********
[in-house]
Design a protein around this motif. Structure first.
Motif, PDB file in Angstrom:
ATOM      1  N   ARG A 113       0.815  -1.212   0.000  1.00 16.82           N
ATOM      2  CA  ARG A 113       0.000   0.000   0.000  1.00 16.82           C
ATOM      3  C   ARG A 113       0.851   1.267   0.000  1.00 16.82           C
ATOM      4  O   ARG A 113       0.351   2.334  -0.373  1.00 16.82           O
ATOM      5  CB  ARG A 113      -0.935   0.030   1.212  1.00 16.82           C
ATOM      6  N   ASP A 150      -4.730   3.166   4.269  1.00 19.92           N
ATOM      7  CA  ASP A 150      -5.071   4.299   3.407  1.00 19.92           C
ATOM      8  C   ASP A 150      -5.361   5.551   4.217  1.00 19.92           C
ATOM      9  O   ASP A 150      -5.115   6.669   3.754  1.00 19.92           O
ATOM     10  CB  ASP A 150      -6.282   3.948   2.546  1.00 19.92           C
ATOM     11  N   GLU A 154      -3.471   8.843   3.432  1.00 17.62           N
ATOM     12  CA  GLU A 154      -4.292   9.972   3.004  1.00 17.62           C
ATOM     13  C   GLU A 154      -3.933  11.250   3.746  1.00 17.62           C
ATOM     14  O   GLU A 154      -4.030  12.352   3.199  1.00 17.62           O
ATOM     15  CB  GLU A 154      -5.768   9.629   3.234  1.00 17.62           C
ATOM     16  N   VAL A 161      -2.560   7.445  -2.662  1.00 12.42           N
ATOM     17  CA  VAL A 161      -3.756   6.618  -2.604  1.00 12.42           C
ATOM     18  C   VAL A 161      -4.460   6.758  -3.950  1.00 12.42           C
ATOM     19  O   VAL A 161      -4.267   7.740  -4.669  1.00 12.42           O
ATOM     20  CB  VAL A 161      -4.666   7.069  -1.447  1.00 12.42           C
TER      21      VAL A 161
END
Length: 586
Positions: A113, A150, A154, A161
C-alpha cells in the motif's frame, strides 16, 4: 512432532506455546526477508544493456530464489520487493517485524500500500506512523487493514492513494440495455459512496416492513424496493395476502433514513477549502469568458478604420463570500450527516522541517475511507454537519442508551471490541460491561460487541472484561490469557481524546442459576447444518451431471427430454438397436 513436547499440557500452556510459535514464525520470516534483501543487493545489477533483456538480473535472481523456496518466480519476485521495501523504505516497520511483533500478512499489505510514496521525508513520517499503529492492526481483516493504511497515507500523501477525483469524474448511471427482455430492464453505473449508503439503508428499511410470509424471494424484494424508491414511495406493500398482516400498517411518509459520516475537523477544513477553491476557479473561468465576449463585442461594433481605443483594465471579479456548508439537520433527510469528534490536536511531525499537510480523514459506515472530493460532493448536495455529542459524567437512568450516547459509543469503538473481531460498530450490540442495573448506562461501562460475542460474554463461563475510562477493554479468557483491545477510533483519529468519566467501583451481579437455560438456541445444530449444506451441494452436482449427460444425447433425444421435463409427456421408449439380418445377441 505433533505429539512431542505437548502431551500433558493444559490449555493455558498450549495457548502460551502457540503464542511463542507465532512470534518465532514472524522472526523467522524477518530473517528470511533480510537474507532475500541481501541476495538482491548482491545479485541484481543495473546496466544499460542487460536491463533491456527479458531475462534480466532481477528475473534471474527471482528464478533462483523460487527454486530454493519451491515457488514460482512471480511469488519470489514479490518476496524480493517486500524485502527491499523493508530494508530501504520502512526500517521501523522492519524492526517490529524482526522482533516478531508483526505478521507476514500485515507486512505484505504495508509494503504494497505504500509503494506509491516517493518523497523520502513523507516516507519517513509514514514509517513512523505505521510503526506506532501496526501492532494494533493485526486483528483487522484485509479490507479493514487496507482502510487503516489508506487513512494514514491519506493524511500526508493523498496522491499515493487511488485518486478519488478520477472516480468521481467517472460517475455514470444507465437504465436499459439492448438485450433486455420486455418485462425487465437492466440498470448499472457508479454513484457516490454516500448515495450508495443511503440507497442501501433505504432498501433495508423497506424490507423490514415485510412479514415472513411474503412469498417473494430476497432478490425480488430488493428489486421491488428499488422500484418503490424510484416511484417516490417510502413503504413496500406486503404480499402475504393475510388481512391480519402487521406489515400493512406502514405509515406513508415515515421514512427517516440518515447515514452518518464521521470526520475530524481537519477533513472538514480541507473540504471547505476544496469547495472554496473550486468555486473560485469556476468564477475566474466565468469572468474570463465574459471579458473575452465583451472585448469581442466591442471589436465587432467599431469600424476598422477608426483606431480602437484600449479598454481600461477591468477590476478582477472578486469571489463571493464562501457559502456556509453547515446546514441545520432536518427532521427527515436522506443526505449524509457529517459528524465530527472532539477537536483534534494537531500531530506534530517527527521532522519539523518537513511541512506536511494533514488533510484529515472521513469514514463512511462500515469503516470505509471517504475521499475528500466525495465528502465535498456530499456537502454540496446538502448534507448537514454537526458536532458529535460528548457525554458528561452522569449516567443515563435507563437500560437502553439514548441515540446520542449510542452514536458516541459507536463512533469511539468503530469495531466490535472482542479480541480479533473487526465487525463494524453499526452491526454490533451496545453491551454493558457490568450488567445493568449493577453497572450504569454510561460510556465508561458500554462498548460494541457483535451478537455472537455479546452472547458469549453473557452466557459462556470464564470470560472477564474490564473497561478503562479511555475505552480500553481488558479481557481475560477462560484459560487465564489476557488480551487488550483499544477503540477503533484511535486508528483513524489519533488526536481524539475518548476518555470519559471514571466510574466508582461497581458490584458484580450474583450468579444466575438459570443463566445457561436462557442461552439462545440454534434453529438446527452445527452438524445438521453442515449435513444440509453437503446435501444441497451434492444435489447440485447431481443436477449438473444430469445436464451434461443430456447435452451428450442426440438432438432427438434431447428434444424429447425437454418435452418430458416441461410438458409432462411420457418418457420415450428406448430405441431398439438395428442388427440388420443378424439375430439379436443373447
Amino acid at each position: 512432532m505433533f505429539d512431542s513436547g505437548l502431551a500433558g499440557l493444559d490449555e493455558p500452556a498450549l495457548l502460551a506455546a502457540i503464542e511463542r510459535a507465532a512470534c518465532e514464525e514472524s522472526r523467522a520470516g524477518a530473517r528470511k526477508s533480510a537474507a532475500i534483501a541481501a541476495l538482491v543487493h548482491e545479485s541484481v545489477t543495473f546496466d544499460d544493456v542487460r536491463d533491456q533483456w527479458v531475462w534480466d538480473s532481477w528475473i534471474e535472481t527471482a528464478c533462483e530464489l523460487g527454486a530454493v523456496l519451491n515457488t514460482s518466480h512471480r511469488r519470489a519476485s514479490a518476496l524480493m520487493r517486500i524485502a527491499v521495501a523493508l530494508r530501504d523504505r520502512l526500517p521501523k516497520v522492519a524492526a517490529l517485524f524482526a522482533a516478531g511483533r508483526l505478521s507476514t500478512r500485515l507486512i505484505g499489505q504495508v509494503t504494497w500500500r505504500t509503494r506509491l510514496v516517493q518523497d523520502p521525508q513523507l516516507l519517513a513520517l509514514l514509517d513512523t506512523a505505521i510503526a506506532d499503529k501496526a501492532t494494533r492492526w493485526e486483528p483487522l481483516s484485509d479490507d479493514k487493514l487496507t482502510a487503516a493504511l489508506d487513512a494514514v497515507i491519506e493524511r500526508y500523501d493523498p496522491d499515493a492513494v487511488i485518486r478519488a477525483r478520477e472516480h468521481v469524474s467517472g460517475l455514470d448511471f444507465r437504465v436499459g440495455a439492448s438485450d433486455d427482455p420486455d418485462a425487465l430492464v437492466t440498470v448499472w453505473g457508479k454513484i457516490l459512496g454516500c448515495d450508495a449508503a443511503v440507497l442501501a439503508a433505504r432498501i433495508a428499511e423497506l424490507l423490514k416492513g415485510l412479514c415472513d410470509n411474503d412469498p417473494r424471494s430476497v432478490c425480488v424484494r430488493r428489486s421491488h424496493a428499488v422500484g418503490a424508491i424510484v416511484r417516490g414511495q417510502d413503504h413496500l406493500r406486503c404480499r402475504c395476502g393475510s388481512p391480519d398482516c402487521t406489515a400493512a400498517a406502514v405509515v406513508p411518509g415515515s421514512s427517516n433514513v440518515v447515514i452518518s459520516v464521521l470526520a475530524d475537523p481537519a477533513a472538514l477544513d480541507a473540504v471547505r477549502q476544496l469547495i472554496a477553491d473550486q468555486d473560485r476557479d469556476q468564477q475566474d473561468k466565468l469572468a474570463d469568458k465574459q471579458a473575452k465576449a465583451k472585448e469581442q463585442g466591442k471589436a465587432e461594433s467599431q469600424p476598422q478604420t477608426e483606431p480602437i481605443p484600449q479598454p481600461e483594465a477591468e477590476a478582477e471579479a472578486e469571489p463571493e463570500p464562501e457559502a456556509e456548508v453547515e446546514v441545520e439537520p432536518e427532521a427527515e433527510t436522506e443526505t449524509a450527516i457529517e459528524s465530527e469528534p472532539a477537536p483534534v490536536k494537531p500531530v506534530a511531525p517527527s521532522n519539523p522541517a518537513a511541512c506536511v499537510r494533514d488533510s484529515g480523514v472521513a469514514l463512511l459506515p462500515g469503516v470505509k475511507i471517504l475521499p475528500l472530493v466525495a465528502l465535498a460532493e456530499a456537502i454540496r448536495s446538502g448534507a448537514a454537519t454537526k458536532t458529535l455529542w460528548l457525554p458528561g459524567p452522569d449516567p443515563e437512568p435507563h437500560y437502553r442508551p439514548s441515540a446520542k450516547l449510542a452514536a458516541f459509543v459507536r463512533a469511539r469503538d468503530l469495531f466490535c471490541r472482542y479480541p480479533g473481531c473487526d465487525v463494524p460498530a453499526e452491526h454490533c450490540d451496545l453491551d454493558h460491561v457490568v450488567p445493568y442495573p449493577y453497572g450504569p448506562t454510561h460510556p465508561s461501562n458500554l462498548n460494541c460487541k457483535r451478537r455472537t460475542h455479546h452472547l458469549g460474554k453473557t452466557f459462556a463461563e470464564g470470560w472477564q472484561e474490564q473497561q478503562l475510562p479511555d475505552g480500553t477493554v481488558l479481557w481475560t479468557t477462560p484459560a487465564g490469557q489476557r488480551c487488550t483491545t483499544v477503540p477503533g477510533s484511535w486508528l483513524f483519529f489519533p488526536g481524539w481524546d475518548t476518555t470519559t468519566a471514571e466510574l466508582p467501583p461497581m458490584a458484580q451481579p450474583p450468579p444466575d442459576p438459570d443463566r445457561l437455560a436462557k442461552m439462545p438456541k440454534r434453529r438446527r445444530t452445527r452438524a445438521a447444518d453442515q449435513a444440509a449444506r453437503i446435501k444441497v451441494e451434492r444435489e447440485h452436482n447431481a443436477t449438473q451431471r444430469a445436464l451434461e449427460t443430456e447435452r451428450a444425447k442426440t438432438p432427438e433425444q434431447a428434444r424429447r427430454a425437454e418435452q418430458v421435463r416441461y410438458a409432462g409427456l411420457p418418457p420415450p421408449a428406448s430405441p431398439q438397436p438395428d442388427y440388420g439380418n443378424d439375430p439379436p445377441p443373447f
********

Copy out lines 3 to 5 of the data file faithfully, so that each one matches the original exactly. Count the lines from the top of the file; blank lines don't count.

Motif, PDB file in Angstrom:
ATOM      1  N   ARG A 113       0.815  -1.212   0.000  1.00 16.82           N
ATOM      2  CA  ARG A 113       0.000   0.000   0.000  1.00 16.82           C